• http://generationbsquared.com/ Linda Bernstein

    Nice column, Ric. My advice, still, is to make sure that when you’re a guest you have a really good Internet connection. When I was a guest on #mediachat the other week, I was doing it from a DSL connection, and my browser kept freezing. So by the time I restarted my browser and I got back (this happened 3x), questions had been posted by the host, and I didn’t know. It was an active chat, and all went well anyway. You one time said all you needed was a coffee shop. I’m not sure that’s true. Oh, some hosts have the guests on the phone to make sure that the guest is ready and knows where things are at. I think that may make sense after my experience.

  • http://twitter.com/SocialMichelleR Michelle StinsonRoss

    Now you all know why I warn the Special Guest on #SocialChat to put on their fireproof pants and get ready for the ride of their lives in the hot seat :) As hosts we are sweating it out right along with the guest and fully appreciate how crazy an active chat can be.  Hopefully, we have empowered all of our guests to share their knowledge in a way they makes them shine.  

  • http://memorybuilder101.com/ Deane Alban

    I attended my first twitter chat yesterday at #foodandmood held by Huffington Post in association with a doctor. It went very well! Over 9,000 twitterers attended but only a few dozen made most of the comments. I’m new to Twitter and found several interesting people to follow and got several new followers myself by making some thoughtful comments. I also found a ton of interesting tweets to retweet.
    Do you think they should have included the word “chat” in their hashtag? It seems they may have missed some people who wouldn’t have found it because of this.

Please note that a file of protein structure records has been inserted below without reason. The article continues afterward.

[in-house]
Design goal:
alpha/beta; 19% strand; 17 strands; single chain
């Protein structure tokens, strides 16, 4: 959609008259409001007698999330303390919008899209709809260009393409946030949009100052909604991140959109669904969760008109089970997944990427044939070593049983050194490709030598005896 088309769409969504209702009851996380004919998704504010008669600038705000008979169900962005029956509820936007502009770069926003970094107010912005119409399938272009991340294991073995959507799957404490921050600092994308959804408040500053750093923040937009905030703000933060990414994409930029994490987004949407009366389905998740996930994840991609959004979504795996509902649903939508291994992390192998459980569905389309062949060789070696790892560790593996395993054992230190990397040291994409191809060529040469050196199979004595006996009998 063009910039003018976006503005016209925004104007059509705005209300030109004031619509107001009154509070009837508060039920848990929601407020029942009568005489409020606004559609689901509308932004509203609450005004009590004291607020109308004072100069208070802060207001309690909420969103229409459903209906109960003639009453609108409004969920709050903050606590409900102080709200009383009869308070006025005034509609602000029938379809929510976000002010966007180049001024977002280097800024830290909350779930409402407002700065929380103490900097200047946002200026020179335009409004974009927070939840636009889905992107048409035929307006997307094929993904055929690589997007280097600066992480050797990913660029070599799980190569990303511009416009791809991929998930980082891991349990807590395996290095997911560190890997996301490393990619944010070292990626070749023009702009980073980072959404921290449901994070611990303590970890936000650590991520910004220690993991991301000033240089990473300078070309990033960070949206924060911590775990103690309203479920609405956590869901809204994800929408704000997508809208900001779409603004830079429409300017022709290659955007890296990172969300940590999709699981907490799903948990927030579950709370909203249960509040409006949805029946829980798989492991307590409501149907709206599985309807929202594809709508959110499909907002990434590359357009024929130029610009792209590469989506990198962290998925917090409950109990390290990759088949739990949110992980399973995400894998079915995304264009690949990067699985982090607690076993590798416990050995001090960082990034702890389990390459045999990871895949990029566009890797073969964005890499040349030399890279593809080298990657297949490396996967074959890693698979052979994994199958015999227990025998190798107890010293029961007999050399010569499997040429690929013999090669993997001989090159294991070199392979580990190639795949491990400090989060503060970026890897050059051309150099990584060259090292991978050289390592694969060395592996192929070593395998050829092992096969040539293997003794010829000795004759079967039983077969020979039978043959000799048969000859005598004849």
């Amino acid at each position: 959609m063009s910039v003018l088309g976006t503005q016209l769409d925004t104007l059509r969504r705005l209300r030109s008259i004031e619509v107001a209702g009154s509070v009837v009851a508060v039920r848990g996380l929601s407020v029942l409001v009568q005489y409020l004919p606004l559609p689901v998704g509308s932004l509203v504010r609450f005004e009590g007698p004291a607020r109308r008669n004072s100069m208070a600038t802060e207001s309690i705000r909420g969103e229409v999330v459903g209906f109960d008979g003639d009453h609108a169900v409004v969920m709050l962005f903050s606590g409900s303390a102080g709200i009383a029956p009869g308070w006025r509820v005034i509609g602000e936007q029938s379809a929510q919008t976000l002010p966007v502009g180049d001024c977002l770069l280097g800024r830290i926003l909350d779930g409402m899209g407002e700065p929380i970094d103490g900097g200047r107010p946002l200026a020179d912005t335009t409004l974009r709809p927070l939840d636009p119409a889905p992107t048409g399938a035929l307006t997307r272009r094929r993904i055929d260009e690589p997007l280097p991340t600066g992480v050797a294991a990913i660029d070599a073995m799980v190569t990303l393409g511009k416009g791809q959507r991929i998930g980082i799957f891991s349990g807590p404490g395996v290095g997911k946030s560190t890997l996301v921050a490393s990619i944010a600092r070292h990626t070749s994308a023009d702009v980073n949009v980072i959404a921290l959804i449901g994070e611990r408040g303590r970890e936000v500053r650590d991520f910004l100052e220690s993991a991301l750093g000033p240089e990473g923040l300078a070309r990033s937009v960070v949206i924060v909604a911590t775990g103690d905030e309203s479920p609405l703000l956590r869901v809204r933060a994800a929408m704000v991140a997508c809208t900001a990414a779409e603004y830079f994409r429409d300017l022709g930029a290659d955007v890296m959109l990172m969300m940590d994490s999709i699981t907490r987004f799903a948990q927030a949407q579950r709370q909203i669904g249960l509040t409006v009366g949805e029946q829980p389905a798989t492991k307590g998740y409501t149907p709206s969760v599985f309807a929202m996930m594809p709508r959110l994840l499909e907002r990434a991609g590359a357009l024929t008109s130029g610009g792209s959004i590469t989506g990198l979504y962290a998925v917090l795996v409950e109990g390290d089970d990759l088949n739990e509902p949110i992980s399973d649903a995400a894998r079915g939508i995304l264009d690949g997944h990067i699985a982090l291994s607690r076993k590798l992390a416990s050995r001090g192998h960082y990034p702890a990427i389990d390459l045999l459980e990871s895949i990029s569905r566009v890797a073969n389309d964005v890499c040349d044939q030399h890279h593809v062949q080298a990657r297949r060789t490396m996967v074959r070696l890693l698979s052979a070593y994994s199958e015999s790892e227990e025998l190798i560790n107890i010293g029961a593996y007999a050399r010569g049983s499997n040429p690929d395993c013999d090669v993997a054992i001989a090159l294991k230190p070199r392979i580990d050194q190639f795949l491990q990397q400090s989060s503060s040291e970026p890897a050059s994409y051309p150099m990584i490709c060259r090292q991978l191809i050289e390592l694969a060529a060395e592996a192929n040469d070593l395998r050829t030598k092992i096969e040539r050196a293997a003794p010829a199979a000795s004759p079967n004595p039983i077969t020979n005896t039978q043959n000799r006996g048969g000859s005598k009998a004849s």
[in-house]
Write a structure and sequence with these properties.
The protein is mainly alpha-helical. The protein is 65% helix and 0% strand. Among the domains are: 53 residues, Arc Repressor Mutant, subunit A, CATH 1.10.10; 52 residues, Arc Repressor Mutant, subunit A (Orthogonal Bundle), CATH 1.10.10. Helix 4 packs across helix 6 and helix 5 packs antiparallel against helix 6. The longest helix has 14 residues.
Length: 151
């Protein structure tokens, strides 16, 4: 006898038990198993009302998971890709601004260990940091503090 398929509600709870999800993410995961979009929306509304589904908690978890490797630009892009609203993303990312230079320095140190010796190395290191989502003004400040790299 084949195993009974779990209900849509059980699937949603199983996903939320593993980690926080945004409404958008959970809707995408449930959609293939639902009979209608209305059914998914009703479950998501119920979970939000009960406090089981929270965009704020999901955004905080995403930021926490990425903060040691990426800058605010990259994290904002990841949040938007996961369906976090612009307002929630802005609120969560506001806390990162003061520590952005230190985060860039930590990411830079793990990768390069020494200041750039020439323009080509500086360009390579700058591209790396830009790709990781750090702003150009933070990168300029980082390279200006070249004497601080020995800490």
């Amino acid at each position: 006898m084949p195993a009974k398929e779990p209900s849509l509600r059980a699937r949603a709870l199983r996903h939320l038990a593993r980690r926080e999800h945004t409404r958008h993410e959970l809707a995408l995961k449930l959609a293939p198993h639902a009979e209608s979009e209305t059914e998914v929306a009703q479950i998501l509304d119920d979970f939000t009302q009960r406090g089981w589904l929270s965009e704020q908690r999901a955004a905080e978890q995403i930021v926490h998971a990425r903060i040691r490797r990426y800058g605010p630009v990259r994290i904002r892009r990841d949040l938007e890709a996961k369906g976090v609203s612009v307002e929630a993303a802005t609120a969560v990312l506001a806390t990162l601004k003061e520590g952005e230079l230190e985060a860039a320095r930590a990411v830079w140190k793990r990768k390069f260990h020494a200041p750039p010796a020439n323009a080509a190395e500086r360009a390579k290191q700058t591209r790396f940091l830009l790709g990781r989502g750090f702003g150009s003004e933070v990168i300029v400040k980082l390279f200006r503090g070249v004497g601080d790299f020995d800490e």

• http://twitter.com/erocketSEO Dave Fowler

    I can vouch for the benefits of pre-preparing a bunch of well-crafted tweets. These become an excellent anchor amidst the buzz of the live chat, and keep a sense of structure too.

    In my case, I was asked to provide advice rather than answer formal questions. I drafted a top ten tips, ordered them into a logical, progressive flow, and then edited and re-edited them to ensure clarity and ease of retweeting.

    During the chat itself I found that dropping a new tweet every 2 to 3 minutes (initially intervals of 4 minutes, but that seemed too drawn out) allowed me to focus on answering questions and to otherwise engage with the audience.

    I couldn’t have done so as effectively if I’d been trying to write the core tweets on the fly, and as a further upside, as a result my nerves soon settled and I really rather enjoyed the experience; the hour flew by. Given the chance to guest chat I’d heartily recommend anyone to grab the opportunity.

  • http://dragonsearchmarketing.com/ Ric Dragon

    Not sure Deane – I’d think the foodies would find it anyway – but at 9K attending (wow; what a HUGE number! How’d they know how many?) – Maybe the *reach* of that dozen was 9K?  “Chat” does at least suggest to people that they can open up and share!

  • http://dragonsearchmarketing.com/ Ric Dragon

    Which chat was that, Dave?

  • http://twitter.com/erocketSEO Dave Fowler

    Hi Ric, it was with MyBlogGuest, on the subject of content strategy for guest blogging via that platform.

    Roundup here: http://myblogguest.com/blog/dave-fowler-erocketseo-on-guest-content-strategy-myblogguest/

    Summary and archive of tweets here: http://storify.com/myblogguest/myblogguest-twitter-chat-2012-04-05

  • amhey

    Why on earth shouldn’t you use a smartphone – using the Tweetdeck app you can see what’s going on easily.

  • http://dragonsearchmarketing.com/ Ric Dragon

    It’s true; it IS a good way to see what’s going on; but awfully difficult to type into at the pace of a Twitter chat. I actually have mine open – looking at the phone, along with desktop apps (and dual monitors at that).

  • amhey

    I can type on my iPhone almost as fast as a person speaks – and I’m not a great typist! I’ve been using onscreen keyboards since 1992.